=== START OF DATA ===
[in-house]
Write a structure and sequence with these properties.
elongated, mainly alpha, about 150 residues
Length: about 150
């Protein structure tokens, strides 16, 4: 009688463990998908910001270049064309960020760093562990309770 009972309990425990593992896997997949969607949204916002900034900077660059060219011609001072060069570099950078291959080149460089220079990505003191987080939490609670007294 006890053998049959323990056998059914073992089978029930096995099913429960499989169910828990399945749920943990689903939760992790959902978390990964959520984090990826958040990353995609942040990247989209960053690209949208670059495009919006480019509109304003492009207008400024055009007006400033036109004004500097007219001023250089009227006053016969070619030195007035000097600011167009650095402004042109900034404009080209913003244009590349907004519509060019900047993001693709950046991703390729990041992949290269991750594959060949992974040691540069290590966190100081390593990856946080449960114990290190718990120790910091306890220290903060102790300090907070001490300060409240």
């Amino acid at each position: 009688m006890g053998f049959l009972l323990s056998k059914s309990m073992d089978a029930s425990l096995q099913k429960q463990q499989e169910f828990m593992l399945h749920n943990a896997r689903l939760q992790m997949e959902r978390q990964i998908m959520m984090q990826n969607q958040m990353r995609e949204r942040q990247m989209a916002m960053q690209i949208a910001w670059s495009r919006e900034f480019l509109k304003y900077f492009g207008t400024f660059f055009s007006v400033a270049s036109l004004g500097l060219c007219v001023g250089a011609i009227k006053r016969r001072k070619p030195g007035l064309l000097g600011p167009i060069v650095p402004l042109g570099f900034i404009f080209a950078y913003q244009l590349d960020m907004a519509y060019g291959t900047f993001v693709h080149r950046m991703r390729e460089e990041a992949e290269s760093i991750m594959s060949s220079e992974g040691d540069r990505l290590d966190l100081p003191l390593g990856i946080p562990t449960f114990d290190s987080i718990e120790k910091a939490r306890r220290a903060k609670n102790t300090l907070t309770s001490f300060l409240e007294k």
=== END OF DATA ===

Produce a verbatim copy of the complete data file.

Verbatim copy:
[in-house]
Write a structure and sequence with these properties.
elongated, mainly alpha, about 150 residues
Length: about 150
């Protein structure tokens, strides 16, 4: 009688463990998908910001270049064309960020760093562990309770 009972309990425990593992896997997949969607949204916002900034900077660059060219011609001072060069570099950078291959080149460089220079990505003191987080939490609670007294 006890053998049959323990056998059914073992089978029930096995099913429960499989169910828990399945749920943990689903939760992790959902978390990964959520984090990826958040990353995609942040990247989209960053690209949208670059495009919006480019509109304003492009207008400024055009007006400033036109004004500097007219001023250089009227006053016969070619030195007035000097600011167009650095402004042109900034404009080209913003244009590349907004519509060019900047993001693709950046991703390729990041992949290269991750594959060949992974040691540069290590966190100081390593990856946080449960114990290190718990120790910091306890220290903060102790300090907070001490300060409240």
């Amino acid at each position: 009688m006890g053998f049959l009972l323990s056998k059914s309990m073992d089978a029930s425990l096995q099913k429960q463990q499989e169910f828990m593992l399945h749920n943990a896997r689903l939760q992790m997949e959902r978390q990964i998908m959520m984090q990826n969607q958040m990353r995609e949204r942040q990247m989209a916002m960053q690209i949208a910001w670059s495009r919006e900034f480019l509109k304003y900077f492009g207008t400024f660059f055009s007006v400033a270049s036109l004004g500097l060219c007219v001023g250089a011609i009227k006053r016969r001072k070619p030195g007035l064309l000097g600011p167009i060069v650095p402004l042109g570099f900034i404009f080209a950078y913003q244009l590349d960020m907004a519509y060019g291959t900047f993001v693709h080149r950046m991703r390729e460089e990041a992949e290269s760093i991750m594959s060949s220079e992974g040691d540069r990505l290590d966190l100081p003191l390593g990856i946080p562990t449960f114990d290190s987080i718990e120790k910091a939490r306890r220290a903060k609670n102790t300090l907070t309770s001490f300060l409240e007294k």